We forget this because we spend years–long, hard, awful years–in high school being told that the end is college; that we must appropriately cite our sources, because we will have to do that in college; that we must do extracurricular activities, because colleges will like that. Our paradigm for decision-making and effort is solely based on college as an end goal. But it is not an end. It is a means to an end.

The end of all things is Christ. The end of all things is the second coming and eternal salvation in the Kingdom of Heaven. As Orthodox Christians, standing in the face of this truth, everything we do must be geared toward arriving at this end as prepared and humble servants; as guests wearing the wedding garments; as virgins with oil in our lamps.

As such, my encouragement to you today is to examine: what are your ends? Do you do what you do to get good grades? To get a good job? To make money? To have a family? To live a happy life? Perhaps, even, do you do what you do because it feels good in the moment? I cannot tell you how you should divide your efforts on a daily basis, but I do know that the Lord said, “If your right eye causes you to sin, pluck it out.” If there’s something in your life that isn’t leading you to the kingdom, you have to sit and think about that.

It is in this mindset and in this spirit that I return to my original point: I am so blessed with the parish that I have. It is youthful, thriving, and joyous. If I wanted to show anyone what Orthodoxy looks like–not in a monastery on a hill or a village in the home country–but in the center of a city in America, I would take them here.

But I don’t participate in that parish nearly as much as I should. Don’t get me wrong: I go to church every week that I’m in Chicago. (Okay, I was really sick like two weeks ago, but you get the point.) But my involvement with OCF–good, valuable, important to me–fools me into believing that I needn’t involve myself with my parish.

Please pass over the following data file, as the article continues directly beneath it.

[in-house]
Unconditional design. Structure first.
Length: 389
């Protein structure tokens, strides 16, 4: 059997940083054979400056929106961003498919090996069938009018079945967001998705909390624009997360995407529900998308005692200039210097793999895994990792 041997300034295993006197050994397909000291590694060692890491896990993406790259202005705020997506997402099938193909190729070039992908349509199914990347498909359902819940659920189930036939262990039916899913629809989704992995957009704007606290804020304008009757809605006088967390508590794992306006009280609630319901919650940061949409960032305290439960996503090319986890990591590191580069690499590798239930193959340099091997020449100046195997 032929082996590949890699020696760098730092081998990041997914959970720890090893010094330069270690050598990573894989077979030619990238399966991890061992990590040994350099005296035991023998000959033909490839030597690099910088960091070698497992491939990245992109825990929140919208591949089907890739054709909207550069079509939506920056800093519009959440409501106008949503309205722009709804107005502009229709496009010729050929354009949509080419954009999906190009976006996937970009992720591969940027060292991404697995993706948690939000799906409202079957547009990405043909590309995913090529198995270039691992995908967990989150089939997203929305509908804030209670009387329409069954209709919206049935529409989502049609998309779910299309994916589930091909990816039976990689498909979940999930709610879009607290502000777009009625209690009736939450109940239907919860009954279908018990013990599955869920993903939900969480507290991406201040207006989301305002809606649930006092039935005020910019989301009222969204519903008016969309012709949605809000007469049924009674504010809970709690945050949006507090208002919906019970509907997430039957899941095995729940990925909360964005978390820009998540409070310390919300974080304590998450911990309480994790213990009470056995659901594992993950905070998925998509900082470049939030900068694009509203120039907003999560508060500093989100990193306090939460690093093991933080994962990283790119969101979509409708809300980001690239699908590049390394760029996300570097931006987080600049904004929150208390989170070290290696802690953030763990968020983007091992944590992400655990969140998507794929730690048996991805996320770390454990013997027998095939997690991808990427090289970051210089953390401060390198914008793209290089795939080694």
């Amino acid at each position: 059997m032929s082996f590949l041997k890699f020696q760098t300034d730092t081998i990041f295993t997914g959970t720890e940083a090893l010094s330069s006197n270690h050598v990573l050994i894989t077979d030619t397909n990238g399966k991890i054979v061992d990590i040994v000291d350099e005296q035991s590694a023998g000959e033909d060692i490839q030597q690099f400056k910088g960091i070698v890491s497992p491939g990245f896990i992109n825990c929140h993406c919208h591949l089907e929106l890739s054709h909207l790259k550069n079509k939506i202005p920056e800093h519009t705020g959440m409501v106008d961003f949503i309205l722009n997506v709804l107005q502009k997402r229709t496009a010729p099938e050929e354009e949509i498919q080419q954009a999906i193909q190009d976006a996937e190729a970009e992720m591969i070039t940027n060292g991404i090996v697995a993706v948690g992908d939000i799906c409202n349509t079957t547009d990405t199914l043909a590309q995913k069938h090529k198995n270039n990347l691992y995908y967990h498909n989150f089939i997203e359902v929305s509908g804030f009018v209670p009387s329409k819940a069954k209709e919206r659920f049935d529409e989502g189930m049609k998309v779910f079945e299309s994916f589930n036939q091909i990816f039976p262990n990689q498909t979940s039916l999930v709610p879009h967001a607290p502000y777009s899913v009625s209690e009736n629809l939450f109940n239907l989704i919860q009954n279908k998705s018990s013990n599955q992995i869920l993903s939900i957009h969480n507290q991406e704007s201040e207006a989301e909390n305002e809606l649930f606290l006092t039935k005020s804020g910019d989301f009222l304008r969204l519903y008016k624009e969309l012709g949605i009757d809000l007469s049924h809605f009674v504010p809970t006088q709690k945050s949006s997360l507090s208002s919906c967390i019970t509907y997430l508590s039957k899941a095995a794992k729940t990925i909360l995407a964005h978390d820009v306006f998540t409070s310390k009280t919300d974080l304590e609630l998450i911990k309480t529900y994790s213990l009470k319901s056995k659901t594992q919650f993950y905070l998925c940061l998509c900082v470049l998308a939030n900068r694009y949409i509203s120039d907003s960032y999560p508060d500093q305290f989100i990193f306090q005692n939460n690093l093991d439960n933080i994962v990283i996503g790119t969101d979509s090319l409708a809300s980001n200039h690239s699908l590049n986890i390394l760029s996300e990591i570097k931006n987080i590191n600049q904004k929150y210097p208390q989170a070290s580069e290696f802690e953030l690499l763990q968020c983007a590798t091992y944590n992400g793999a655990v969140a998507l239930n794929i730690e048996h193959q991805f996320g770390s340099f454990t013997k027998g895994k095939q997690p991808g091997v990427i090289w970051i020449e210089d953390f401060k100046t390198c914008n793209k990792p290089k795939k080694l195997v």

However, I know that, as the future rolls ever toward me, parish involvement is on my horizon. I know that, to make it to the kingdom, I need a home parish. I need that stability, that consistent involvement, those people who know me well through my faith. I know that my opportunities to serve, to learn, and to commune will no longer come from OCF in the nearing future. And I have to start preparing for that.

My prayer is that the Lord helps me do this. It is difficult, to pull oneself far back, to such a wide-reaching perspective–but, it allows the self to make more level-headed, forward-thinking decisions. It is only by looking at the long-term can we gain the insight needed to change the short-term.

College YES Day Reflection | Service Knows No Limits

College YES Day Reflection | Service Knows No Limits

On Saturday, October 21, college students of the NYC Area gathered for YES NYC’s College day. The day turned one participant’s perspective on its head.

As 16 of us arrived at the parish of St. Mary Magdalen in The Upper West Side, we quickly became a little community, only growing stronger during the twenty-minute walk to our service site. From what was then our college-specific community would soon transition into something, I at least, could have never imagined. The growth of our experiences gradually expanded from the community that we thought we knew, into one intertwined in service for and with those among us.

Upon reaching Harlem’s Emmaus House, their sole volunteer for that day unassumingly received us. There, she provided us with the opportunity to package food for those who would later come seeking it.

YES does an incredible job debunking common perceptions of helping versus serving. Riddling out that distinction brings about many difficult challenges. Walking into a quieter Emmaus House with no one “needy” in sight was discouraging. After all, I signed up for this in hopes of growing in a deeper understanding of service, with a sprinkle of enlightenment from the “other” before me. And that makes for a great reflection, right?

What I failed to realize, however, is that service knows no limits. My preconceived notions painted a false hierarchy–I was the helper, seeking to serve others in need–and as such, a surprise would come from someone I least expected. And there lies the problem: the fact that I first held of view of someone other than myself as “least.”

The true manifestation of service around us emulated from this volunteer’s language of love. She did not reserve it for any specific type of person. While not directly encountering those we assume live in need, we instead heard her incredible journey in Christ; which in turn, proved to meet a need of our own. Those of us who later voiced reflection were extremely struck by her humble presence and steadfast trust in Him. We found her to be of service to us more than anything we could offer her in return.